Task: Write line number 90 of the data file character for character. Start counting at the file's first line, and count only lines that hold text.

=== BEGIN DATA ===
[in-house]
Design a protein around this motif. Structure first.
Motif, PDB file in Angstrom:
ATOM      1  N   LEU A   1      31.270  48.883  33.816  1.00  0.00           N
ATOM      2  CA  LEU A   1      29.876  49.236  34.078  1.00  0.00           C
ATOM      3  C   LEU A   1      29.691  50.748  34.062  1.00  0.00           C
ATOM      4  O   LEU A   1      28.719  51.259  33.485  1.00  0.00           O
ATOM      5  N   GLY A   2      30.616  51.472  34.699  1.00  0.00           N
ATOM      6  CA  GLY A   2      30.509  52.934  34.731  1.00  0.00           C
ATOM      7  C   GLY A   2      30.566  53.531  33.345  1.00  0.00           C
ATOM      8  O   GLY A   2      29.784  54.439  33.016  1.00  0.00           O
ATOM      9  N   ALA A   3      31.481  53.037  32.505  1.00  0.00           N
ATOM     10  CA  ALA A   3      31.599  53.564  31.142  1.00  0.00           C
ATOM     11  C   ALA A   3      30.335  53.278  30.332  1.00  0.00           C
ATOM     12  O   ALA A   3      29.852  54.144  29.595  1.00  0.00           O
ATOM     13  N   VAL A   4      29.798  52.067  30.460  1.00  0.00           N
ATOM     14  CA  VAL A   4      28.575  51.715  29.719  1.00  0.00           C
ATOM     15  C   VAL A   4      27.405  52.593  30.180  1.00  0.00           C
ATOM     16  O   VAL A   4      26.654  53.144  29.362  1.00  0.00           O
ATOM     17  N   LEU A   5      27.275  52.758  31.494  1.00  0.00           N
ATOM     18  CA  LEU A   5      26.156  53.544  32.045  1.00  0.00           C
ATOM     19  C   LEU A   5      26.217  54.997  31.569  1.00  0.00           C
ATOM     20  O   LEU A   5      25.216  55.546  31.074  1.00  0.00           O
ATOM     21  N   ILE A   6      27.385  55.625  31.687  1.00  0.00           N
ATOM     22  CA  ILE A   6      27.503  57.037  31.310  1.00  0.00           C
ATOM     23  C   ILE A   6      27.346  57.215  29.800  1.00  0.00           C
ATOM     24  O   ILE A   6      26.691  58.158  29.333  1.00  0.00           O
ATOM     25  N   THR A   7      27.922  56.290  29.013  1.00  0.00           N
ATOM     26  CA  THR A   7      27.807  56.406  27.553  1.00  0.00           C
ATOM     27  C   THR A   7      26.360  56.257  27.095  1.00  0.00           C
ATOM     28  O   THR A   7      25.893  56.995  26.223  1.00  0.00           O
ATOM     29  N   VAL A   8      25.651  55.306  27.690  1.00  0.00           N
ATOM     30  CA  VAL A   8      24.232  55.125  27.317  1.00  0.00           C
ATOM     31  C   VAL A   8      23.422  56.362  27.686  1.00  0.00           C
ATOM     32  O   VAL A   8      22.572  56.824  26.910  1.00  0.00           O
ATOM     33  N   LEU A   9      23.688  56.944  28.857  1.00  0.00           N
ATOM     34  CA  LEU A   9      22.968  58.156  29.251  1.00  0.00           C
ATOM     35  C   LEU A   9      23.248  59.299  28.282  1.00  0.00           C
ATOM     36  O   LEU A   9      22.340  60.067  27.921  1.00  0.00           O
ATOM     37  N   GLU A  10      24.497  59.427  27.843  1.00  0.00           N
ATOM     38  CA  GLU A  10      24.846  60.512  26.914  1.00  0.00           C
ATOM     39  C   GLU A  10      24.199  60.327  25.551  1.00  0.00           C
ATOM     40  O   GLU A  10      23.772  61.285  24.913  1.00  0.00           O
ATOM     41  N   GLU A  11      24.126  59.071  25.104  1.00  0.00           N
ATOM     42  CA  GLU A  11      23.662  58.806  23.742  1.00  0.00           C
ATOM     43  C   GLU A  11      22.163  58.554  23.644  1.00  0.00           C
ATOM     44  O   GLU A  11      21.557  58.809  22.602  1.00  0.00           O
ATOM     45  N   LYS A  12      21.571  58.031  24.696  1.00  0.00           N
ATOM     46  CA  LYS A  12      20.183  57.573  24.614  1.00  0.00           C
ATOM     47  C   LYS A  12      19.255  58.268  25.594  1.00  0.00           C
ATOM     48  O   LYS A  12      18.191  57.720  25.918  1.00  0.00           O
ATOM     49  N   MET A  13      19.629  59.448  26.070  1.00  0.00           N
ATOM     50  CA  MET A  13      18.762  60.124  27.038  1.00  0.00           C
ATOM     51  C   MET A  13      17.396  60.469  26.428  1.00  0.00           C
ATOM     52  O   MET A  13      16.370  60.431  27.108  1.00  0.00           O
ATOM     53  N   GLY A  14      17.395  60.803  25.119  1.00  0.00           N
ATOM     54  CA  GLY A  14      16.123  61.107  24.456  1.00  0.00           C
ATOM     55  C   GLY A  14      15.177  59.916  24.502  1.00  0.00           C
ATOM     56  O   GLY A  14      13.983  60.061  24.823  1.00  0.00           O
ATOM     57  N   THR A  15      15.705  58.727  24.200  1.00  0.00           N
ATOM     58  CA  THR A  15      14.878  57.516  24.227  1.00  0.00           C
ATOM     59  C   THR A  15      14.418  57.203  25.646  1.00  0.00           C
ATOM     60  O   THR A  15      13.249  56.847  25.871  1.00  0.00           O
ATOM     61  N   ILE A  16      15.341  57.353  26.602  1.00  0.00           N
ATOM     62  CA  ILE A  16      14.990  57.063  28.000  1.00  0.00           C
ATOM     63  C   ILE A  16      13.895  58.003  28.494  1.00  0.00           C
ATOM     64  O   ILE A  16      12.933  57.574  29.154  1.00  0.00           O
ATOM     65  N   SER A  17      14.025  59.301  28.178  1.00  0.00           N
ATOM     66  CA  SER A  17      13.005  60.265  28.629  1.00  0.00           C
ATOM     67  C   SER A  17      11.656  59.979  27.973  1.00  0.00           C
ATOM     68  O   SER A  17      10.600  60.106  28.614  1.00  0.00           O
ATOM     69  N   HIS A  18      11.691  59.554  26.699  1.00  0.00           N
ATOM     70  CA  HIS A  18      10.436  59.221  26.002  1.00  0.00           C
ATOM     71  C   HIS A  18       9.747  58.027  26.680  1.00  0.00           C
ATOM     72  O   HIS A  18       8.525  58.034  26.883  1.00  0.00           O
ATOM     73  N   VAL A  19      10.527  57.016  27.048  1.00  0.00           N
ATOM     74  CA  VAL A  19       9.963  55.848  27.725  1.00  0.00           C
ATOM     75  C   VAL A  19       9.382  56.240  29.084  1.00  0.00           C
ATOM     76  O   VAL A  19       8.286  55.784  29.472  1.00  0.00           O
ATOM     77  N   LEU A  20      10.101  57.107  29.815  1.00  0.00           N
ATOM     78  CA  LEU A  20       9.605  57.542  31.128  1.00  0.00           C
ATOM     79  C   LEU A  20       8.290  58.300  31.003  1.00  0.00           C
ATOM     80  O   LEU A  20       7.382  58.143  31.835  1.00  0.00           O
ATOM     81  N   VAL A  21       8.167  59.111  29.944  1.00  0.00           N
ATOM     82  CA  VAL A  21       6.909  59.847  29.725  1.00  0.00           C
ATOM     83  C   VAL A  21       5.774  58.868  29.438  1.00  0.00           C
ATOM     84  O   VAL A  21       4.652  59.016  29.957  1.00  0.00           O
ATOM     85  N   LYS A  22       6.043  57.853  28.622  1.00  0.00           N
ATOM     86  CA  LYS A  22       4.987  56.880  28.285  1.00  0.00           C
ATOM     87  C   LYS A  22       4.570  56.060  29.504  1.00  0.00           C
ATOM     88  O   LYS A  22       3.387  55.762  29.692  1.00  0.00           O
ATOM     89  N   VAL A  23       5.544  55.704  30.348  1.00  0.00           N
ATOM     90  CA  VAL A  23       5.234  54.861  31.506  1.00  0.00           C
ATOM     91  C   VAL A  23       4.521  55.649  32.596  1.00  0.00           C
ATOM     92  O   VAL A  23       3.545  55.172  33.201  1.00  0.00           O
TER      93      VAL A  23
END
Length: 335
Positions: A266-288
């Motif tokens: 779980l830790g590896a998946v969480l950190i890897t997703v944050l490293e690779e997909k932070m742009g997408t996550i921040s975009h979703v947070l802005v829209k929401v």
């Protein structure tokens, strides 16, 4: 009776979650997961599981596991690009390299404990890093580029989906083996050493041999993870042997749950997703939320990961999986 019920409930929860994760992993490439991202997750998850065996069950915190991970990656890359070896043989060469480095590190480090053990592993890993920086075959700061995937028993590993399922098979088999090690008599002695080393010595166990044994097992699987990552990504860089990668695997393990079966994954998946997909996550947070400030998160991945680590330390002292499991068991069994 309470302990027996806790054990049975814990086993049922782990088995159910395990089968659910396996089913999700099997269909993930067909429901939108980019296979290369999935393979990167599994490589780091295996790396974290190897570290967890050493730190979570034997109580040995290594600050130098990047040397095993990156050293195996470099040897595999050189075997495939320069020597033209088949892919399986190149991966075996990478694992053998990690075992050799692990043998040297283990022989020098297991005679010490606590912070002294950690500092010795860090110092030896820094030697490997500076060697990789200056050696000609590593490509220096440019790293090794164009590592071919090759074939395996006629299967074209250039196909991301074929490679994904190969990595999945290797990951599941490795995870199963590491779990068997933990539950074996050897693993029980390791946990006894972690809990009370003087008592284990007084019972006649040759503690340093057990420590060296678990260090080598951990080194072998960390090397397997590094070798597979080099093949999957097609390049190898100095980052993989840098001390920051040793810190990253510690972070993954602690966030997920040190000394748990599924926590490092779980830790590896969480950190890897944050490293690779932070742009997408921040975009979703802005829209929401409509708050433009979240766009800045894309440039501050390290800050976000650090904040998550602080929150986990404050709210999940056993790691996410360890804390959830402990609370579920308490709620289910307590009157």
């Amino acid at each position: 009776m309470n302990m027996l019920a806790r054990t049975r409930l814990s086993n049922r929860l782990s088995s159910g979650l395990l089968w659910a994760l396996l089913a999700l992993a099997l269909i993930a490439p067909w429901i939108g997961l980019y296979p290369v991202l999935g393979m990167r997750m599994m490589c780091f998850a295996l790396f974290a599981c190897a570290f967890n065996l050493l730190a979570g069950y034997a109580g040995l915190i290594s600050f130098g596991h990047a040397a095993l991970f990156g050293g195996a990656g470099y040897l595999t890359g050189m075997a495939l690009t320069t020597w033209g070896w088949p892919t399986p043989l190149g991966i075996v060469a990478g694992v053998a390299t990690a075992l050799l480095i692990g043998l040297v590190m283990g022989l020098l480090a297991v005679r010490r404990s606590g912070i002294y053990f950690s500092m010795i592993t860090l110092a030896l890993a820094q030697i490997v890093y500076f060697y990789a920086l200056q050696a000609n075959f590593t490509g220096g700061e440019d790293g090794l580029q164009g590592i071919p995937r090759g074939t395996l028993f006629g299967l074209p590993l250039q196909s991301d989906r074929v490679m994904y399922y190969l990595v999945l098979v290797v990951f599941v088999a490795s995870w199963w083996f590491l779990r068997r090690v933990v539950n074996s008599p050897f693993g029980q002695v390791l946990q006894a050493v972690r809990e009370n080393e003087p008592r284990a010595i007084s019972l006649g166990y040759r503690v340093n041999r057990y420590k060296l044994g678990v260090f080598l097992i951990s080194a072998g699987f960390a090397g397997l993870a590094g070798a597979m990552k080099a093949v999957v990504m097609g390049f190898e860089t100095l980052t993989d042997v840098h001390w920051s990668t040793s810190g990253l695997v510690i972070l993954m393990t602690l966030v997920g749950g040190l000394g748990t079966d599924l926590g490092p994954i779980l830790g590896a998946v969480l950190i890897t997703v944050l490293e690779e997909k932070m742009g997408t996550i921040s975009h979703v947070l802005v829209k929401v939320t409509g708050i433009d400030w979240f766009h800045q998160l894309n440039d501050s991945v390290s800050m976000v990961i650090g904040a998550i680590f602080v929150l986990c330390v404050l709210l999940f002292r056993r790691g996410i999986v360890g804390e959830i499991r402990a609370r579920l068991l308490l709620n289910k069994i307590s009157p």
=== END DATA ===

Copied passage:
ATOM     87  C   LYS A  22       4.570  56.060  29.504  1.00  0.00           C